The researchers found that stem cell populations in the brain decline as we age. They also showed that increasing the number of stem cells in the brain can slow down the aging process.
Unfortunately, the above study was performed in mice and we don’t have human trials to support its conclusions. Still, this is a promising first step in proving that stem cells can halt or even reverse aging in humans, too.
5Researchers Will Learn From Regenerative Animals
From the “immortal” jellyfish to the axolotl salamander, animals serve as proof that regenerative medicine is completely viable. For example, the axolotl is a salamander found in Mexico that can regrow entire limbs.
The axolotl uses a process called cell reprogramming. This is a method by which fully-adult cells can revert back to an undifferentiated state.
Recall that differentiation occurs when cells specialize into tissues and organs. Undifferentiated cells are more like stem cells— they can differentiate into almost any cell in the human body.
Researchers will continue to learn from regenerative animals like the axolotl. They’ll begin to understand how cell reprogramming happens naturally. Potentially, this could help us learn how to reprogram our own adult cells.
6Hospitals of Regenerative Medicine Will Arise
As regenerative medicine research matures, hospitals specializing in stem cell therapy will, too.
Clinics offering types of regenerative medicine are popping up across the nation. And top hospitals are offering stem cell therapies for conditions like joint pain and arthritis.
7Stem Cells Will Aid in Wound Healing
Wound healing is yet another promising area of regenerative medicine research. Theoretically, adding stem cells to traditional dermal wound healing methods could speed up healing.
Doctors also think regenerative medicine could help with healing-impaired wounds. Healing-impaired wounds are those that don’t heal fully on their own. Stem cells would help recruit growth factors, which are compounds in our body that promote healing.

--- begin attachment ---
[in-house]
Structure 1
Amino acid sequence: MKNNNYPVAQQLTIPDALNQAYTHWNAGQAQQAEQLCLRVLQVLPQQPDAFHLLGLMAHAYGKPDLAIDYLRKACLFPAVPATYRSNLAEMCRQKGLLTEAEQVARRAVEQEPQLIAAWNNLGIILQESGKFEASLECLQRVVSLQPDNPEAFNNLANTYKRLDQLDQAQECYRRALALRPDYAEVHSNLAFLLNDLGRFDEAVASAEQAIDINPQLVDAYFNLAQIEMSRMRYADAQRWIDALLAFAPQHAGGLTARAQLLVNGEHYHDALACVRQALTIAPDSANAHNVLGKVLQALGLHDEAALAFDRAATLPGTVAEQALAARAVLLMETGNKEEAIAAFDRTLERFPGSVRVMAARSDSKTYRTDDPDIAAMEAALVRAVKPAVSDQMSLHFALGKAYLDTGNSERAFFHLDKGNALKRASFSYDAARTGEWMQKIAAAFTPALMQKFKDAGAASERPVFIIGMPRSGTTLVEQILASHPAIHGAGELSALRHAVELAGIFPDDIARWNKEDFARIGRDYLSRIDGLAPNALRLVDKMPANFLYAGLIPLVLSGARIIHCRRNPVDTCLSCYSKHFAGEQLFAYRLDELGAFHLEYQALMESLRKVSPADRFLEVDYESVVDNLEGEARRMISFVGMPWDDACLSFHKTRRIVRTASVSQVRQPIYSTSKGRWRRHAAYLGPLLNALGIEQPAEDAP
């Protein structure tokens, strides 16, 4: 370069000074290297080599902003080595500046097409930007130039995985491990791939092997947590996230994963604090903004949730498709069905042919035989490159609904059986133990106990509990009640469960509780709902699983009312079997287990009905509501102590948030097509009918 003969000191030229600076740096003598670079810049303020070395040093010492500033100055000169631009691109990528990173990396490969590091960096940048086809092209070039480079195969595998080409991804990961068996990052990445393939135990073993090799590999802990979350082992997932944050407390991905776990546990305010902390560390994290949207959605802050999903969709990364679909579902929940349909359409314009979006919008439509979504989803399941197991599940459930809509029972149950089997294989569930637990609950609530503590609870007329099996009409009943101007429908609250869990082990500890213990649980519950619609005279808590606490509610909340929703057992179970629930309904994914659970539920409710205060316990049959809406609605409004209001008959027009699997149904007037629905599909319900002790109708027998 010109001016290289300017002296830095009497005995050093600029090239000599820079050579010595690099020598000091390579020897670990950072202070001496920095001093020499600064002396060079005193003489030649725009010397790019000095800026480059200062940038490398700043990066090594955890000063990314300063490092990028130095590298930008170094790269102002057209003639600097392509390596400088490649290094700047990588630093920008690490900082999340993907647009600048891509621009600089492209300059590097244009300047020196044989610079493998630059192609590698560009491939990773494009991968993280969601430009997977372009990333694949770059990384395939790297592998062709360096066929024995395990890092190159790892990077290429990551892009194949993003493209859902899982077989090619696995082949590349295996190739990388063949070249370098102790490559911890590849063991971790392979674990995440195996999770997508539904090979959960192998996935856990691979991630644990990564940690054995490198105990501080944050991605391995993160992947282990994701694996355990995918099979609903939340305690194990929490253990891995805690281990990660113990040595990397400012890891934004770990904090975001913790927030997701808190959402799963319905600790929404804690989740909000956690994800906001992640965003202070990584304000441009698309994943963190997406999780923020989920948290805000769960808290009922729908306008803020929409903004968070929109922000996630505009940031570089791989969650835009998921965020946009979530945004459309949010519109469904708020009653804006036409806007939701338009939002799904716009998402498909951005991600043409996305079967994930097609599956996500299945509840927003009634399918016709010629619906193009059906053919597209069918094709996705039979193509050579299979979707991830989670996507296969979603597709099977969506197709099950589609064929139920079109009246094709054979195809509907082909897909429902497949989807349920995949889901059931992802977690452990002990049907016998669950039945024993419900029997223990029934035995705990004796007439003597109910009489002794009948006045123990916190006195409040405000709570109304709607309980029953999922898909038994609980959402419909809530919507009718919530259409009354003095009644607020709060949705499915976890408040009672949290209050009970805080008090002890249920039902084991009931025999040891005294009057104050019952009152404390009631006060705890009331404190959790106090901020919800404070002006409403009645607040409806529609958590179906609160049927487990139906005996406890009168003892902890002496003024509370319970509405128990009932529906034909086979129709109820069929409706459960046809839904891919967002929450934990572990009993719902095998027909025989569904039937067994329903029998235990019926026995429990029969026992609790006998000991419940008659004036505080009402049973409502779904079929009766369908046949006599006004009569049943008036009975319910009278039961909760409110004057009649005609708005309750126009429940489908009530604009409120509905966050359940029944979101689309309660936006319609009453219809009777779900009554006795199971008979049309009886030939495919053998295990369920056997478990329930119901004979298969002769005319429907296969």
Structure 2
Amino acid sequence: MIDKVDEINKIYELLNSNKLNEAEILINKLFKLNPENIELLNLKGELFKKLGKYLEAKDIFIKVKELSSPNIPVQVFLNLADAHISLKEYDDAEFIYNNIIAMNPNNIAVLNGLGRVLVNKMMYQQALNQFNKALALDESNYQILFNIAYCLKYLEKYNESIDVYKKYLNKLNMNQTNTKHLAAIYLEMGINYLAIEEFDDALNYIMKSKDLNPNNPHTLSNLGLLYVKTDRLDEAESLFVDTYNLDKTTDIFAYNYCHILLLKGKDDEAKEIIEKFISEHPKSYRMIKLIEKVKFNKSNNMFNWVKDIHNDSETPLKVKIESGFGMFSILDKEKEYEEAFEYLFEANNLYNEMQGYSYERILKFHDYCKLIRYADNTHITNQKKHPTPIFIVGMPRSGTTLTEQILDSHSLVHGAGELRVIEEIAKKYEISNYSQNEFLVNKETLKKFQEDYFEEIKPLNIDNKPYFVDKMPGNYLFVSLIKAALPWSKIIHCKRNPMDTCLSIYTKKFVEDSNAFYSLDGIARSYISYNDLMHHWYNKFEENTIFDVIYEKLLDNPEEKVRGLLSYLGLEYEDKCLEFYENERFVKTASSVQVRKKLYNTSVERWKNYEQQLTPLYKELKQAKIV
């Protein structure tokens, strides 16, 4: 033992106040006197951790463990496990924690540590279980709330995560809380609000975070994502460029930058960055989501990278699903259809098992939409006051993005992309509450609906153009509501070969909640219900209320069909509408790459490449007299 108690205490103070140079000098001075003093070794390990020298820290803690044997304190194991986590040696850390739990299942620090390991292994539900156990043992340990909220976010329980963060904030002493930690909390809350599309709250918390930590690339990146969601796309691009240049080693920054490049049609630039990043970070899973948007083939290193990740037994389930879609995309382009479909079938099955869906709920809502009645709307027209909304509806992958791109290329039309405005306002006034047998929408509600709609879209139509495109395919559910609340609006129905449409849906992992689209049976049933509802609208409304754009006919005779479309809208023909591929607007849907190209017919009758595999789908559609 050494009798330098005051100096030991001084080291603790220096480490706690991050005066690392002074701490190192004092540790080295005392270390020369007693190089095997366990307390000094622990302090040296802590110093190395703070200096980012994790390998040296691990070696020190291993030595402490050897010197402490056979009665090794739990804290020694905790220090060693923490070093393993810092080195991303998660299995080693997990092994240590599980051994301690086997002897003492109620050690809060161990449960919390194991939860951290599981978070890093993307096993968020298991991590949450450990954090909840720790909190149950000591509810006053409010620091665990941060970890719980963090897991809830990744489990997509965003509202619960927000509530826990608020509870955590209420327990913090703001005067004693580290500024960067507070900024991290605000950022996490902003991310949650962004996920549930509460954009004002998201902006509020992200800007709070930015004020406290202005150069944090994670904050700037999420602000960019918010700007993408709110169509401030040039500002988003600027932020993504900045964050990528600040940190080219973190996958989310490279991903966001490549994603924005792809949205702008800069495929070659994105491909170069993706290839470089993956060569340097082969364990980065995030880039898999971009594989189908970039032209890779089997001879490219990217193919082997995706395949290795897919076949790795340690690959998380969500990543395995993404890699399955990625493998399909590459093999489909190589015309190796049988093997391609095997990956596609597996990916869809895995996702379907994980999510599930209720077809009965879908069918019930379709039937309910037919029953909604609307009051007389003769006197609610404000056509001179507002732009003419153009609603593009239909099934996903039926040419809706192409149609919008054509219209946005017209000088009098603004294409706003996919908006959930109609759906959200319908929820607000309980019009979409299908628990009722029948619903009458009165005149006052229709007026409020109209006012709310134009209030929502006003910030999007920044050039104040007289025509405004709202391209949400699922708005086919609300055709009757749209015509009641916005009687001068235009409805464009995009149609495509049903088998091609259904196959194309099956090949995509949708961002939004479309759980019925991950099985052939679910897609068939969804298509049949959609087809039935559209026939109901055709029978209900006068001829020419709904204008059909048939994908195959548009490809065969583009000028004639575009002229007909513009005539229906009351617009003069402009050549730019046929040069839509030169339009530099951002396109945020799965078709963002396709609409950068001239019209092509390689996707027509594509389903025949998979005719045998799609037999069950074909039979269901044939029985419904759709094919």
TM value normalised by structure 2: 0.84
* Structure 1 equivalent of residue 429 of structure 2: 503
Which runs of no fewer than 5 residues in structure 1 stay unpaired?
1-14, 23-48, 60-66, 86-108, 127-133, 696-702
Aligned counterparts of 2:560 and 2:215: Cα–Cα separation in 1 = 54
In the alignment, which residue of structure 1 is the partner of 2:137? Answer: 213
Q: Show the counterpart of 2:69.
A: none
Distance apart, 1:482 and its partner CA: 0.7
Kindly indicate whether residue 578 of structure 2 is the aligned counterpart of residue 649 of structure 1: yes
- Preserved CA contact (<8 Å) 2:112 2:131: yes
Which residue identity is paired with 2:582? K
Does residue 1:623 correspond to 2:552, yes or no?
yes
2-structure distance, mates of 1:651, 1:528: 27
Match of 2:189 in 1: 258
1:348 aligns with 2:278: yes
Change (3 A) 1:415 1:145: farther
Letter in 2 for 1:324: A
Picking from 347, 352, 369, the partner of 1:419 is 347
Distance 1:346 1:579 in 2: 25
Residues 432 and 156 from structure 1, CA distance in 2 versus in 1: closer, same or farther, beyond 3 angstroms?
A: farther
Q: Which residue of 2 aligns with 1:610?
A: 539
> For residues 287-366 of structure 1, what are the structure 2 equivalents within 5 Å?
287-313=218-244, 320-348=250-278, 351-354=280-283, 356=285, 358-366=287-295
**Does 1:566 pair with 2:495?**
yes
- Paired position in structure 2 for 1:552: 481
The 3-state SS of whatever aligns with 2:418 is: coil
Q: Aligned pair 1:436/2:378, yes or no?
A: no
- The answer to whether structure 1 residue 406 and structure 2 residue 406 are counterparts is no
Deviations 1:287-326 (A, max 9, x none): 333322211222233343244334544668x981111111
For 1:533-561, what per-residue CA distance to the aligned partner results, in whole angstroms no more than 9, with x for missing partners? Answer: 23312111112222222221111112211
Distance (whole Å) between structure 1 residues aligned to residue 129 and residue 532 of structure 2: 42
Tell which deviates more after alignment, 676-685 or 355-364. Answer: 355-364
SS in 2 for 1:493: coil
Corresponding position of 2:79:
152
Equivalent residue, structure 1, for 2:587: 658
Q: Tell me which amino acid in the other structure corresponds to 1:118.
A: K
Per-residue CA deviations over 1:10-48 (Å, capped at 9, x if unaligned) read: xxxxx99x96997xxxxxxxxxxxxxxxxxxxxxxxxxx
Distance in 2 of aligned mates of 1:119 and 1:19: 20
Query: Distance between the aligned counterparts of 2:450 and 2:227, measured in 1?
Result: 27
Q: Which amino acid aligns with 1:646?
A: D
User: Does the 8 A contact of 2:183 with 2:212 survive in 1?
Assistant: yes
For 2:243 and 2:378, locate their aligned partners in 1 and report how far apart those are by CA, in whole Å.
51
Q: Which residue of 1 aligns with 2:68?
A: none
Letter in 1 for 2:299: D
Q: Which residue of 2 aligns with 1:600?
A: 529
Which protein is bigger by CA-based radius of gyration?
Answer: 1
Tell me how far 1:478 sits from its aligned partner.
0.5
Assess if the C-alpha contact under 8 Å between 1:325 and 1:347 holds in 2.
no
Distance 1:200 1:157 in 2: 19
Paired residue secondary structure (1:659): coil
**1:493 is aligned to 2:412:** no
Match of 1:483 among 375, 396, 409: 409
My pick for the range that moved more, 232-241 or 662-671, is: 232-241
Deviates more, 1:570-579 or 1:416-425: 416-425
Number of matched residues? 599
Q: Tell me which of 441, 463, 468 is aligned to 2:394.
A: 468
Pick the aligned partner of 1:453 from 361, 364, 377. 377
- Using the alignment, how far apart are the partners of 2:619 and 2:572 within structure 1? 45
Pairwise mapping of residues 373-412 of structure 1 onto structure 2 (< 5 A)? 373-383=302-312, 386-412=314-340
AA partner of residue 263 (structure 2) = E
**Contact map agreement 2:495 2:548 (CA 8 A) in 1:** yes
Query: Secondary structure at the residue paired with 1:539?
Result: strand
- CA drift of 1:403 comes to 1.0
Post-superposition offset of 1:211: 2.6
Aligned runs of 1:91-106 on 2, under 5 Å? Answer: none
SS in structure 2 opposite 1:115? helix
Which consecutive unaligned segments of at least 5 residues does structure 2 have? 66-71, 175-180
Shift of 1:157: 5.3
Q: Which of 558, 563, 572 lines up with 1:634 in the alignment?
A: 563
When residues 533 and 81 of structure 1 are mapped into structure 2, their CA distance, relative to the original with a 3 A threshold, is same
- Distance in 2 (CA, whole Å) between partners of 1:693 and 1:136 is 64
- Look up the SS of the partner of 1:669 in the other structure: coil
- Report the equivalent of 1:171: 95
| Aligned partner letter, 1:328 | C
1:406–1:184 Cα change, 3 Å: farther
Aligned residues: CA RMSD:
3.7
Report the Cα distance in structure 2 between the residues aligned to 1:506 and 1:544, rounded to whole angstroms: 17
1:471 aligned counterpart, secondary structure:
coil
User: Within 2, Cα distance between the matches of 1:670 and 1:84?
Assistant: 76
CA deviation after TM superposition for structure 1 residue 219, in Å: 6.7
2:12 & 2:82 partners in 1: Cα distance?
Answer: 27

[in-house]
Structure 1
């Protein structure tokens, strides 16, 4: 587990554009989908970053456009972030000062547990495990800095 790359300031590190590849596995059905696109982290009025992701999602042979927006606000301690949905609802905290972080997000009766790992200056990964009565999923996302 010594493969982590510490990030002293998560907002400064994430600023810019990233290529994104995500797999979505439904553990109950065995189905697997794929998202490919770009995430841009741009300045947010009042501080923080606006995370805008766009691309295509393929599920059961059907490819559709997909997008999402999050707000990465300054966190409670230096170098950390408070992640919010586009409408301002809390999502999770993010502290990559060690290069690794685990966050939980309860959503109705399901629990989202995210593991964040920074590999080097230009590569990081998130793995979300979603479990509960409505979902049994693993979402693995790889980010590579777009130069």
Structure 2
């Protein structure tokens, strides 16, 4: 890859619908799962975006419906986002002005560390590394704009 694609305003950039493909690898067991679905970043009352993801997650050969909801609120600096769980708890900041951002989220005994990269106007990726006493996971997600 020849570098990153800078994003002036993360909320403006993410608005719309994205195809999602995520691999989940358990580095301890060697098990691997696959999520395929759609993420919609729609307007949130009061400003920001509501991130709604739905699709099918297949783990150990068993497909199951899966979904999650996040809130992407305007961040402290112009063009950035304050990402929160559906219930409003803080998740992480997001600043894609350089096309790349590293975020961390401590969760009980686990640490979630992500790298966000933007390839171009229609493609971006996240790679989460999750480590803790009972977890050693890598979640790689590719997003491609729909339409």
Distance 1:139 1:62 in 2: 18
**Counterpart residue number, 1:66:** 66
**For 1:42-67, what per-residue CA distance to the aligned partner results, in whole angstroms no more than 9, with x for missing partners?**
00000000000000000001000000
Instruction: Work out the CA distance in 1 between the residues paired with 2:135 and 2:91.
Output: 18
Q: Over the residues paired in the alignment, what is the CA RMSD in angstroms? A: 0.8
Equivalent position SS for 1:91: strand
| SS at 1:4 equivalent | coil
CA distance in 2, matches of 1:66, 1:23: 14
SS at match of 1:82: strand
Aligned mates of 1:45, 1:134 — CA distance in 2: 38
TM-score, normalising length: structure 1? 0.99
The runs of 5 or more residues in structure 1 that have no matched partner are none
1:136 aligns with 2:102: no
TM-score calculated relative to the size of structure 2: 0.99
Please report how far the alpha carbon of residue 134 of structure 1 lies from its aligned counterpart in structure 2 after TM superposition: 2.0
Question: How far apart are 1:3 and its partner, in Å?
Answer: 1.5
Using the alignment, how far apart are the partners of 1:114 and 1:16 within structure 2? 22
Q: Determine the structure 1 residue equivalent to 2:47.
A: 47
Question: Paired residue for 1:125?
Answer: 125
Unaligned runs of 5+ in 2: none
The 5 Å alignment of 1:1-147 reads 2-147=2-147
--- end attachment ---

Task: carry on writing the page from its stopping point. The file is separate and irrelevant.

Eventually, this could also have implications for internal wounds, too.
8Regenerative Medicine Technology Will Become Available to the General Public
With so many potential applications, regenerative medicine is a highly lucrative approach to medicine. Stem cells and other regenerative medicine techniques can address problems traditional medicine can’t.
Indeed, companies like Hitachi are already coming up with ways to commercialize this technology. Like any promising technology, businesses want to create regenerative medicine products that will fly off their shelves.
9Regenerative Medicine Regulations Will Increase
In 2017, the FDA announced that it would be focusing more on unsafe regenerative therapies. This includes clinics and hospitals serving up treatments that aren’t actually FDA-approved.
Unapproved treatments have led to serious infection and even a few cases of blindness. While regulation will crack down on offenders, it will also allow a safe space for this technology to flourish.
The Future of Regenerative Medicine Looks Promising
From conditions like arthritis to the aging process, the benefits of regenerative medicine look promising. Still, we need more research before we know for sure what these treatments can really do for humans.
New regenerative medicine methods are emerging every day. Make sure you stay in the know. Keep checking back here for more articles like this one!